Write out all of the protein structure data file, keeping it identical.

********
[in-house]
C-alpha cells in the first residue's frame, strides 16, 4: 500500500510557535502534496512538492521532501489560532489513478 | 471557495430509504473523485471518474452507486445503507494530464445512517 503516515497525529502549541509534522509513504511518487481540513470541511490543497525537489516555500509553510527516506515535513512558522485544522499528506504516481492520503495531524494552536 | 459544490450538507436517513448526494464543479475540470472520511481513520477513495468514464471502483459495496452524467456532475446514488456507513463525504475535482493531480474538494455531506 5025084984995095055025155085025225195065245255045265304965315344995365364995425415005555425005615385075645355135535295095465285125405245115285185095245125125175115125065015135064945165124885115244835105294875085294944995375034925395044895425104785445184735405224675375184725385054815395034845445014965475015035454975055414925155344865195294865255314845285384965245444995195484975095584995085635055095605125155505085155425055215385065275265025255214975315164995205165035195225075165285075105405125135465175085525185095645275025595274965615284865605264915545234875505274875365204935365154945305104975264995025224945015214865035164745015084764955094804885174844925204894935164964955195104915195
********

[in-house]
C-alpha cells in the first residue's frame, strides 16, 4: 500500500510557535502534496512538492521532501489560532489513478 | 471557495430509504473523485471518474452507486445503507494530464445512517 503516515497525529502549541509534522509513504511518487481540513470541511490543497525537489516555500509553510527516506515535513512558522485544522499528506504516481492520503495531524494552536 | 459544490450538507436517513448526494464543479475540470472520511481513520477513495468514464471502483459495496452524467456532475446514488456507513463525504475535482493531480474538494455531506 5025084984995095055025155085025225195065245255045265304965315344995365364995425415005555425005615385075645355135535295095465285125405245115285185095245125125175115125065015135064945165124885115244835105294875085294944995375034925395044895425104785445184735405224675375184725385054815395034845445014965475015035454975055414925155344865195294865255314845285384965245444995195484975095584995085635055095605125155505085155425055215385065275265025255214975315164995205165035195225075165285075105405125135465175085525185095645275025595274965615284865605264915545234875505274875365204935365154945305104975264995025224945015214865035164745015084764955094804885174844925204894935164964955195104915195